Two new reports highlight the gaps in employability skills among college graduates.
The Association of Public and Land-grant Universities surveyed stakeholders across 31 universities on the importance of certain skills and how prepared students are in those skills, as well as how to better prepare students in those areas, according to the executive summary for the reports.
The report identifies 11 key skills gaps among graduates out of the total 42 skills offered in the survey. The skills include dealing with conflict constructively, building professional relationships and understanding workplace roles, among others.
The survey also shows there is a disconnect in the priorities for employers and faculty members. Employers listed understanding the role and expectations in the workplace as the largest preparedness gap, while faculty placed that gap at nine of 11. The third-largest gap for employers is accepting critique and direction in the workplace, while faculty placed that as 10 of 11.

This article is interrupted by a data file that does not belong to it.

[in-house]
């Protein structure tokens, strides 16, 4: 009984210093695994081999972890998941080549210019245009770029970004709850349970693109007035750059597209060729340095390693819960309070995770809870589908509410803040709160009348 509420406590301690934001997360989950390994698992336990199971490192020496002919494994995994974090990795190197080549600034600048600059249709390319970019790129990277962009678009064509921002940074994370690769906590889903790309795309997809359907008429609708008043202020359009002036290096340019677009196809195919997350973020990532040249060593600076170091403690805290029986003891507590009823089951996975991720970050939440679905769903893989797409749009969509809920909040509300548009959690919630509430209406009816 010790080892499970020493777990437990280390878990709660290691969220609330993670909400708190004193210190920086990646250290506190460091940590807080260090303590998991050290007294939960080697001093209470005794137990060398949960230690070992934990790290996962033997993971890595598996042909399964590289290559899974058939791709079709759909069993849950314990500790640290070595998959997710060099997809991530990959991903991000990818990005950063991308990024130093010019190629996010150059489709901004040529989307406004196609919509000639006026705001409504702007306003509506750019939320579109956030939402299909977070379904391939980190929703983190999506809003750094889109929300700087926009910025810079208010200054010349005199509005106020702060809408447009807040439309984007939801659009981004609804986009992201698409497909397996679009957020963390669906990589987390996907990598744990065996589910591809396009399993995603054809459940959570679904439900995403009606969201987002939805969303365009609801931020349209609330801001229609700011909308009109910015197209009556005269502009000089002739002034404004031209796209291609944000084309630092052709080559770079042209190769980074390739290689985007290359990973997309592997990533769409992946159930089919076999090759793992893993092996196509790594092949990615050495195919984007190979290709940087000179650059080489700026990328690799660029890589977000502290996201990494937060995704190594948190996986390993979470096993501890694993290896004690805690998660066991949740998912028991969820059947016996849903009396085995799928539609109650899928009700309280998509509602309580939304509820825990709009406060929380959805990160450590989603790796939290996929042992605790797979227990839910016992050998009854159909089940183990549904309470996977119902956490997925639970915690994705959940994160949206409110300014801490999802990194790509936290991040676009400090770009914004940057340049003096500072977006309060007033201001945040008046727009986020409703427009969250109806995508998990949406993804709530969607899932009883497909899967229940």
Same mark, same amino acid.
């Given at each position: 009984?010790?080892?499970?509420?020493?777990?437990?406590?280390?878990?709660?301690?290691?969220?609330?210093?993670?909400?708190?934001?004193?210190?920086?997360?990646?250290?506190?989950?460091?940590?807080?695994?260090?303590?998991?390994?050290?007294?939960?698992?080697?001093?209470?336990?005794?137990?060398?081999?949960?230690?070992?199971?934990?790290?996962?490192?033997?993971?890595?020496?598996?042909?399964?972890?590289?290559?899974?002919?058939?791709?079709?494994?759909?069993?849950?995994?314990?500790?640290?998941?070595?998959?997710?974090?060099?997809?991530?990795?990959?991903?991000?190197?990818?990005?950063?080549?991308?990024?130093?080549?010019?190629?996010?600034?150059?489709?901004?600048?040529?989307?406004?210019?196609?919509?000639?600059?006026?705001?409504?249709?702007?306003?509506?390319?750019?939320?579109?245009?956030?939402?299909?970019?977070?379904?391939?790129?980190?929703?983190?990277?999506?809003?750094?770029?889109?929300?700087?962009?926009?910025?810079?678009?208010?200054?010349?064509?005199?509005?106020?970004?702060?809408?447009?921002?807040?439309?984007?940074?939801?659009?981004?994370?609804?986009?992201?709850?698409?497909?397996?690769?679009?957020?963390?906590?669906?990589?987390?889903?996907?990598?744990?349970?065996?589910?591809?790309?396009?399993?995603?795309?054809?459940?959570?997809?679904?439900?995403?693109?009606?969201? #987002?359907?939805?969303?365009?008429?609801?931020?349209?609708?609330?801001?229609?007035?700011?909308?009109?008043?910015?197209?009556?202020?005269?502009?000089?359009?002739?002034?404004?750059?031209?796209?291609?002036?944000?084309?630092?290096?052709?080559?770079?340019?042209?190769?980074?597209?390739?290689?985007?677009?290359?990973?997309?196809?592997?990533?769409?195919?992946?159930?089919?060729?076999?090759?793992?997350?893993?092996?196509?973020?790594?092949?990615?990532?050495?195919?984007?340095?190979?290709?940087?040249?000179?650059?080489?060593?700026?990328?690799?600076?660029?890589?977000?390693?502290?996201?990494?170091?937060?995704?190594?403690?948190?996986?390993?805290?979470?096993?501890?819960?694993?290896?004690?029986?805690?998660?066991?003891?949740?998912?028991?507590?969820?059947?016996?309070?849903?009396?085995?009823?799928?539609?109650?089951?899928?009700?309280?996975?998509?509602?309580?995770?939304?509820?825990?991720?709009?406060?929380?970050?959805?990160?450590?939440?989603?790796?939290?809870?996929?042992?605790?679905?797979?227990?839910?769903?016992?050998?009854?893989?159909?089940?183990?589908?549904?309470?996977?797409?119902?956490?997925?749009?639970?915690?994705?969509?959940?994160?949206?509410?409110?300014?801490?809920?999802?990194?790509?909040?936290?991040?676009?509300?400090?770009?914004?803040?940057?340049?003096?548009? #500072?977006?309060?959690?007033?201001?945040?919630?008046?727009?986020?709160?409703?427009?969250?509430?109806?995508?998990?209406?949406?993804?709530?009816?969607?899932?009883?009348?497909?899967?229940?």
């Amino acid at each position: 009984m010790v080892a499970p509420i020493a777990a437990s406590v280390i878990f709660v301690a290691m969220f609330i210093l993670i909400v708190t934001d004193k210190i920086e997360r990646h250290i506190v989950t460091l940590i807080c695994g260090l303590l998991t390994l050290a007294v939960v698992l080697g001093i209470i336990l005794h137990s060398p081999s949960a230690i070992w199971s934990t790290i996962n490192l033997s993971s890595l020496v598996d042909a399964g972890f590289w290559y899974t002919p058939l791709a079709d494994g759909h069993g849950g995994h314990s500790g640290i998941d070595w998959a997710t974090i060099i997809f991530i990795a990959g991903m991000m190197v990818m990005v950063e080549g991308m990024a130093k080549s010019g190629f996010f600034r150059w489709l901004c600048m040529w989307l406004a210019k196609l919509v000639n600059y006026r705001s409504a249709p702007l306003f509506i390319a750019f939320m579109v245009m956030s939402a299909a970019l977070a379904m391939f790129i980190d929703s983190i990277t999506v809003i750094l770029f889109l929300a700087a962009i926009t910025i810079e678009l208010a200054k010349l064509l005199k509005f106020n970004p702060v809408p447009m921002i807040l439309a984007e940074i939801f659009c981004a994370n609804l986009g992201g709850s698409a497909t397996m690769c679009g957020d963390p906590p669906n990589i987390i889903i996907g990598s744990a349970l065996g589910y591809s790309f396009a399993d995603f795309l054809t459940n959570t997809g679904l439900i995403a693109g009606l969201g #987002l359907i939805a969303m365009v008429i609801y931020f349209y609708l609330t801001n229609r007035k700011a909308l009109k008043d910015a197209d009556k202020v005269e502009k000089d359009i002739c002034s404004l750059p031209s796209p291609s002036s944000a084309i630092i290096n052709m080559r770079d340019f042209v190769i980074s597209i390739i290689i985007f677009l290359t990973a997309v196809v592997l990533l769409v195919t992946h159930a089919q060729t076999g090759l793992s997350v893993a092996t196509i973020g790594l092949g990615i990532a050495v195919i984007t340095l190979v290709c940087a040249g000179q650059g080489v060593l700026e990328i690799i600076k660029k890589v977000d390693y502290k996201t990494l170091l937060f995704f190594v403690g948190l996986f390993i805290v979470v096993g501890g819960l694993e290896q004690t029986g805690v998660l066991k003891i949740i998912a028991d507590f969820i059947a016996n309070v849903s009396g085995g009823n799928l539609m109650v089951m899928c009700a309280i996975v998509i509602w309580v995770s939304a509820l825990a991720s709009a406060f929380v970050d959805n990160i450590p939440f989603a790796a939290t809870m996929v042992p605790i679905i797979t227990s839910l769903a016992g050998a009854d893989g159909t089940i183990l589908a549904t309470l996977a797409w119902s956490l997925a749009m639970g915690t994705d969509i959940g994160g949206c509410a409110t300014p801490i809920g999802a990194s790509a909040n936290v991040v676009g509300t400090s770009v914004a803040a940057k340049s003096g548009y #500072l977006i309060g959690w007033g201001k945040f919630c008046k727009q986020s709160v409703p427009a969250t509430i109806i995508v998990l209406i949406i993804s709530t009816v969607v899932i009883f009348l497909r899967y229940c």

To close these preparedness gaps, stakeholders recommended that colleges teach students about a few things. The first is conflict, by allowing students to practice opening conversations and breaking the conflict taboo. The second is persistence, by helping students understand that failure is an opportunity to grow. Next is change, by teaching students to accept that this is the norm and teaching them how to adapt. Last is ambiguity, by teaching students it is a part of life and that they find direction by listening, asking questions and thinking creatively.